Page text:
Londontowne, Maryland

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Londontowne, Maryland
Former census-designated place
Location of Londontowne, Maryland
Location of Londontowne, Maryland
Coordinates: 38°56′10″N 76°33′15″W / 38.93611°N 76.55417°W / 38.93611; -76.55417Coordinates: 38°56′10″N 76°33′15″W / 38.93611°N 76.55417°W / 38.93611; -76.55417
Country  United States of America
State  Maryland
County Anne Arundel
 • Total 3.8 sq mi (9.8 km2)
 • Land 3.0 sq mi (7.8 km2)
 • Water 0.8 sq mi (2.0 km2)
Elevation 26 ft (8 m)
Population (2000)
 • Total 7,595
 • Density 2,517.3/sq mi (971.9/km2)
Time zone Eastern (EST) (UTC-5)
 • Summer (DST) EDT (UTC-4)
FIPS code 24-47925
GNIS feature ID 0588901

Londontowne is an unincorporated area and former census-designated place (CDP) in Anne Arundel County, Maryland, United States. The population was 7,595 at the 2000 census. At the 2010 census, the area was delineated as the Edgewater CDP.


London Town was a colonial seaport town founded in 1683 near Annapolis. It was once considered as the site for the capital of Maryland, a state of the United States of America. It was as prominent a city in trade as Annapolis and Williamsburg, Virginia. A series of events, including its non-selection as a tobacco inspection station, economic depression, and the Revolutionary War caused it to decline and, by the 19th century, disappear.

Speculation exists that the South River Club's first clubhouse was built here.[1]

Historic London Town and Gardens[edit]

Today, a public museum and archeology lab and several of its buildings and the grounds have been reconstructed as Historic London Town and Gardens. The London Town Publik House, also known as Londontowne Public House, is listed on the National Register of Historic Places and further has been designated a National Historic Landmark.


Londontowne is located at 38°56′10″N 76°33′15″W / 38.93611°N 76.55417°W / 38.93611; -76.55417 (38.936062, -76.554276).[2]

According to the United States Census Bureau, the CDP had a total area of 3.8 square miles (9.8 km²), of which, 3.0 square miles (7.8 km²) of it is land and 0.8 square miles (2.0 km²) of it (20.11%) is water.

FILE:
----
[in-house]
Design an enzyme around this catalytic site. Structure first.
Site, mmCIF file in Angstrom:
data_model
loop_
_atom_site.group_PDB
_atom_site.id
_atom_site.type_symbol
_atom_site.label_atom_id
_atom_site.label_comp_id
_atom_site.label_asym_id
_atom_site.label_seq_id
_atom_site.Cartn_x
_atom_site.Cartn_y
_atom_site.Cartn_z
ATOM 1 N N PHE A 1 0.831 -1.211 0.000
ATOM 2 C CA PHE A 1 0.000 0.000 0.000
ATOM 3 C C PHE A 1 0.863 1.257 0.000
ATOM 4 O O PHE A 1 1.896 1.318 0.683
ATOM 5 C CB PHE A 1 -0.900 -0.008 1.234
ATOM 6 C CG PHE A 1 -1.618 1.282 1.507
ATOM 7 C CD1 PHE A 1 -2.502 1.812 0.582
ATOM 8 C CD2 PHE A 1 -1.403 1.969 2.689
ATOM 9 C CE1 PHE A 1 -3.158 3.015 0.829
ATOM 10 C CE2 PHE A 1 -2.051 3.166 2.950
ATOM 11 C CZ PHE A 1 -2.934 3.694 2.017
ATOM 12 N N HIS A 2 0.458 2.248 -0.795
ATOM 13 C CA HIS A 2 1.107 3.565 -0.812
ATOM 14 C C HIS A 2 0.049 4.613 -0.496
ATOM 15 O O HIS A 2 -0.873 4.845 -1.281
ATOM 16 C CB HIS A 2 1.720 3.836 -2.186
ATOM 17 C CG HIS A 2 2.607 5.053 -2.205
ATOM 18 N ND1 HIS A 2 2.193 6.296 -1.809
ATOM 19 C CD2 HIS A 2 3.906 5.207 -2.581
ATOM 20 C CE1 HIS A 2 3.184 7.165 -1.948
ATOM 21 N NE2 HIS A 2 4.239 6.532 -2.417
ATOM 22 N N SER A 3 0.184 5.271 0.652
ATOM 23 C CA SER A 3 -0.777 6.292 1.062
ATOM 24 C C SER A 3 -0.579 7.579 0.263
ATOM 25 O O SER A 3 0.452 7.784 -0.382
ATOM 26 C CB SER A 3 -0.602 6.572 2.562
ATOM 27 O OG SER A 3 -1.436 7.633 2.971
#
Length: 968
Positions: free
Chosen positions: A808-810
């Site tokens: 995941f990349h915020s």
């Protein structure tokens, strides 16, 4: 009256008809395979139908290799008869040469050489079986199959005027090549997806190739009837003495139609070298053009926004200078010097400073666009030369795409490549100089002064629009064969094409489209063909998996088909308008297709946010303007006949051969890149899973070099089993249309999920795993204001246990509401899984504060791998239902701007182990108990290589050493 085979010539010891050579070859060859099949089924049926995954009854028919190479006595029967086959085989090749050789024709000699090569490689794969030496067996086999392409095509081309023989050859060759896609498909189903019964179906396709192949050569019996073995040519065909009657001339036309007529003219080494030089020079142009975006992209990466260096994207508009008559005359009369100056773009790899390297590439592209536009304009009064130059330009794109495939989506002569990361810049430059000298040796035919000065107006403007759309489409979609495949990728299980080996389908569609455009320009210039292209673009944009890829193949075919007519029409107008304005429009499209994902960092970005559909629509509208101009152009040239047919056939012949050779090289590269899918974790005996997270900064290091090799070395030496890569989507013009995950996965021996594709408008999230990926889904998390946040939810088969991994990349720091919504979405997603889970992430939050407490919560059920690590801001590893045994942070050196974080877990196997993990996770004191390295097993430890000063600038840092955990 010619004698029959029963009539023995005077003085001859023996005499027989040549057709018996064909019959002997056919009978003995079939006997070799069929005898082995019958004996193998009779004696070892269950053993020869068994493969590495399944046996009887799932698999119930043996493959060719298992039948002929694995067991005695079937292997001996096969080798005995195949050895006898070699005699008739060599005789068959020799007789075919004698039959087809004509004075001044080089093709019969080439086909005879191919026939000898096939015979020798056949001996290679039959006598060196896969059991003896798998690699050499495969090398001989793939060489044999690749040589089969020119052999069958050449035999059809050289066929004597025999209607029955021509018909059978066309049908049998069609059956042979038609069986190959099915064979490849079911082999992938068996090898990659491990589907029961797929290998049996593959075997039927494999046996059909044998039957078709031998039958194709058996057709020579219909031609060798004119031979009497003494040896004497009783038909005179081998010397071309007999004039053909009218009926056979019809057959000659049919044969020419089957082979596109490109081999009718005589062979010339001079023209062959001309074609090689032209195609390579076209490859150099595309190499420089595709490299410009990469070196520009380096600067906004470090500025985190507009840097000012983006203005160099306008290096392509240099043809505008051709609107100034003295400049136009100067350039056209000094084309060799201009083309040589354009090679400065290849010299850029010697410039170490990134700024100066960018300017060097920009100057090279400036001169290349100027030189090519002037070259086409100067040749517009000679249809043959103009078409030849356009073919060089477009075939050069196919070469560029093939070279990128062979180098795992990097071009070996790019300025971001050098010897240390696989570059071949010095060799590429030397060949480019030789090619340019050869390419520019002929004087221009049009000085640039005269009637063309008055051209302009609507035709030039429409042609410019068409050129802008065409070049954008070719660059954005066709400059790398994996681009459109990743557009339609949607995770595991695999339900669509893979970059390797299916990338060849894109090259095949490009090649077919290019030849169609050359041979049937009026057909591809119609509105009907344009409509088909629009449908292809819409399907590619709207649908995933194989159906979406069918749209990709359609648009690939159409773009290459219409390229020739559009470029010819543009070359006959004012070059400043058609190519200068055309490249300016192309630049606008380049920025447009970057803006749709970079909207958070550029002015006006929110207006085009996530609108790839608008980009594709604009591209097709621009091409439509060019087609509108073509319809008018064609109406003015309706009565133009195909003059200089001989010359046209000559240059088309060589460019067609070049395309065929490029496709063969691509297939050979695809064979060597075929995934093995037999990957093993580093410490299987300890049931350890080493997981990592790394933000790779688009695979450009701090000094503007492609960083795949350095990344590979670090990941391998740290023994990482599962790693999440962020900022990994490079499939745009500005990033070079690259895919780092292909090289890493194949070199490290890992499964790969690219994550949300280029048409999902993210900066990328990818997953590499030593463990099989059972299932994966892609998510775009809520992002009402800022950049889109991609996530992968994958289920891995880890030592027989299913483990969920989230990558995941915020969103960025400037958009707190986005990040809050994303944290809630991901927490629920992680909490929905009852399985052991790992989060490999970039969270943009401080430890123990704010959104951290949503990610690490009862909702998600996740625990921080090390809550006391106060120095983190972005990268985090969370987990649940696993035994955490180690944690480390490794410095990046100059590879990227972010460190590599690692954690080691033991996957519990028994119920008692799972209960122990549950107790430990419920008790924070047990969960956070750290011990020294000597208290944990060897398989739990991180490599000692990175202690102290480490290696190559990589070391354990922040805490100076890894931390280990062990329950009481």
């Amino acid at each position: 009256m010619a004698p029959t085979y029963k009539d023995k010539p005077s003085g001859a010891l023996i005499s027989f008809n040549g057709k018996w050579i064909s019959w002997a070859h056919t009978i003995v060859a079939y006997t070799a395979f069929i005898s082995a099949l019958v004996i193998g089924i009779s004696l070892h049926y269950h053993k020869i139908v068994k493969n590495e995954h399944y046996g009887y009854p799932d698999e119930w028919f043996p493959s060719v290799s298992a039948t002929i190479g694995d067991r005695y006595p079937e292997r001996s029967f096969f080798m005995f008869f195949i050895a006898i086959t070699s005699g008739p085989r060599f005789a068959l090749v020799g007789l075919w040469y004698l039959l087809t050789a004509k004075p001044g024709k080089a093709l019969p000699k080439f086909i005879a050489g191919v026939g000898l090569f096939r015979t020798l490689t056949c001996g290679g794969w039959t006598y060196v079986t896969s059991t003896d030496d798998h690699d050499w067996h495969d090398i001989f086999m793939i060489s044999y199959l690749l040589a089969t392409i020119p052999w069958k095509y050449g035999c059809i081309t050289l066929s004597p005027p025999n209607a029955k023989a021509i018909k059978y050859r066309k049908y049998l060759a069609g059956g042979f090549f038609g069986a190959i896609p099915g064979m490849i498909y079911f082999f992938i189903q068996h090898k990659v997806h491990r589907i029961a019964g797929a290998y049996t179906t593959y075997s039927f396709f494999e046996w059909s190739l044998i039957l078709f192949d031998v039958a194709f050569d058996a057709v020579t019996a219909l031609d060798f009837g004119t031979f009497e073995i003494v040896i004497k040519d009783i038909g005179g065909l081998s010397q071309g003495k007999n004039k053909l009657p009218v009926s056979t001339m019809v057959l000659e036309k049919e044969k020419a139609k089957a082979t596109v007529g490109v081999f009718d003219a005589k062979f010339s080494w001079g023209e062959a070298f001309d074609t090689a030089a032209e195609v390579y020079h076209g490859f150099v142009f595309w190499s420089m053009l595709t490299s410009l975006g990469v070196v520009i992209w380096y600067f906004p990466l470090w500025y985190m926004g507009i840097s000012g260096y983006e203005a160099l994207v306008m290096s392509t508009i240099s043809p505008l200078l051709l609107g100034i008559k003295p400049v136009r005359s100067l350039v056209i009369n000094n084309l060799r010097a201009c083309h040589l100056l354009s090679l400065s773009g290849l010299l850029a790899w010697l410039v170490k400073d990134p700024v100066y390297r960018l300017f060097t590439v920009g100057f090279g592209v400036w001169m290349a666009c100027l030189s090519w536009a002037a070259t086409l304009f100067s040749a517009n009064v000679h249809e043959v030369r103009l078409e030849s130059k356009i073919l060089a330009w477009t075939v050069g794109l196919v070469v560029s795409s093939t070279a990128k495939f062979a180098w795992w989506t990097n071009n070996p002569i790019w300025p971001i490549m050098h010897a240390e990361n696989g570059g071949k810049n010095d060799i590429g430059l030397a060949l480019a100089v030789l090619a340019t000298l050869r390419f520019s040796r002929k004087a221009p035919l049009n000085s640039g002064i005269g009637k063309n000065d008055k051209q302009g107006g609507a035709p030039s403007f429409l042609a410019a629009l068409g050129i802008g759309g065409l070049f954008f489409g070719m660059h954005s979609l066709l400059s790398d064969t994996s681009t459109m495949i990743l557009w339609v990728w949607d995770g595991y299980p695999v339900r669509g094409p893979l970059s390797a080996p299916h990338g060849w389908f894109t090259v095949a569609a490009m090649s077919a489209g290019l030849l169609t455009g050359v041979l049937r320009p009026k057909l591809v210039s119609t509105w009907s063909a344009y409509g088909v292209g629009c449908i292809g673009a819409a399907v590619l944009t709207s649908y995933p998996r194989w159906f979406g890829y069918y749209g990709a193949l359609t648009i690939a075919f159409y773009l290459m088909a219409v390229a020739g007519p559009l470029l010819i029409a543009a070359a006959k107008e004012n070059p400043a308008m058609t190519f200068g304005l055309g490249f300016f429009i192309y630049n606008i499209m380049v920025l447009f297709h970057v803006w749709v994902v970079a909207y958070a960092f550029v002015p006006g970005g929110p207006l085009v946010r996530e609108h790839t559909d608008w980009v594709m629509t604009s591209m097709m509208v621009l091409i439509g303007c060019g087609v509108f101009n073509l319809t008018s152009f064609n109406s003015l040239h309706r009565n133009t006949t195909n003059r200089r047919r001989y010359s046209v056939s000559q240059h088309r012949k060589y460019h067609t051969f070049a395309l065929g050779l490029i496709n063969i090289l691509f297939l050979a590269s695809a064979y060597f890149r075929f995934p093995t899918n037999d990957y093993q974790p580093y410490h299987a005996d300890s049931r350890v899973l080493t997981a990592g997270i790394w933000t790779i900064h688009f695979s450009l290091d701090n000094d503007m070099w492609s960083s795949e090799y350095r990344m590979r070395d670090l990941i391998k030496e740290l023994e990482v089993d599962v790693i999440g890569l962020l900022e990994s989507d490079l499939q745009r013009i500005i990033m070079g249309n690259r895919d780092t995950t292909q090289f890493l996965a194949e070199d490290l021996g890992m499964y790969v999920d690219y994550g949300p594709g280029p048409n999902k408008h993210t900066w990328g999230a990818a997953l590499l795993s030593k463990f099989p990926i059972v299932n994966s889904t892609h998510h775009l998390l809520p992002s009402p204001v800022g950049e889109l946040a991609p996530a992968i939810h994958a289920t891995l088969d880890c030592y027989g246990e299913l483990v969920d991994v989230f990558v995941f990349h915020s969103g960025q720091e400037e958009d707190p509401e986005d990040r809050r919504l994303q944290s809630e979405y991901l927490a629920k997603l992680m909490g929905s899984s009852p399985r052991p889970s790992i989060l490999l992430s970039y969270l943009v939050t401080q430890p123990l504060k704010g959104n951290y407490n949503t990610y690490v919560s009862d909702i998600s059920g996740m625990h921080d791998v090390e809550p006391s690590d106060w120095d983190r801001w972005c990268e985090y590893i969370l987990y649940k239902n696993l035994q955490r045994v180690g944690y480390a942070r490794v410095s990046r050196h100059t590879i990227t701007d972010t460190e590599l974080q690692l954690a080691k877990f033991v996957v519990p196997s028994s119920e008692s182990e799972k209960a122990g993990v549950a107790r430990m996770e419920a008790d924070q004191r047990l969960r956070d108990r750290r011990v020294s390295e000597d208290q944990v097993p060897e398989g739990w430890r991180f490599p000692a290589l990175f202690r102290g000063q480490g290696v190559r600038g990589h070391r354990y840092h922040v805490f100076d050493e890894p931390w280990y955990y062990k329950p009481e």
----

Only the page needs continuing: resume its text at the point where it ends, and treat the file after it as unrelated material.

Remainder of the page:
As of the census[3] of 2000, there were 7,595 people, 2,927 households, and 2,040 families residing in the CDP. The population density was 2,517.3 people per square mile (971.0/km²). There were 3,095 housing units at an average density of 1,025.8/sq mi (395.7/km²). The racial makeup of the CDP was 95.89% White, 1.97% African American, 0.32% Native American, 0.49% Asian, 0.01% Pacific Islander, 0.16% from other races, and 1.16% from two or more races. Hispanic or Latino of any race were 1.95% of the population.

There were 2,927 households out of which 31.8% had children under the age of 18 living with them, 55.2% were married couples living together, 10.1% had a female householder with no husband present, and 30.3% were non-families. 22.9% of all households were made up of individuals and 6.6% had someone living alone who was 65 years of age or older. The average household size was 2.56 and the average family size was 3.02.

In the CDP the population was spread out with 23.5% under the age of 18, 6.7% from 18 to 24, 33.3% from 25 to 44, 25.6% from 45 to 64, and 11.0% who were 65 years of age or older. The median age was 38 years. For every 100 females there were 98.7 males. For every 100 females age 18 and over, there were 95.9 males.

The median income for a household in the CDP was $63,021, and the median income for a family was $68,190. Males had a median income of $45,589 versus $34,555 for females. The per capita income for the CDP was $31,245. About 2.5% of families and 3.3% of the population were below the poverty line, including 2.6% of those under age 18 and 4.5% of those age 65 or over.


London Town's woodland gardens (8 acres (32,000 m2)) began in the late 1960s as naturalized shade gardens. Today they include an azalea glade with both deciduous and evergreen plantings; a camellia walk with winter blooming camellias; a holly collection; and a winter garden featuring plants of winter interest, with evergreens such as mountain laurel (Kalmia latifolia).

See also[edit]


  1. ^ Richardson, Hester Dorsey (1913). Side-lights on Maryland History: With Sketches of Early Maryland Families. Baltimore, Maryland: Williams and Wilkins Company. pp. 197–204. 
  2. ^ "US Gazetteer files: 2010, 2000, and 1990". United States Census Bureau. 2011-02-12. Retrieved 2011-04-23. 
  3. ^ "American FactFinder". United States Census Bureau. Retrieved 2008-01-31. 

External links[edit]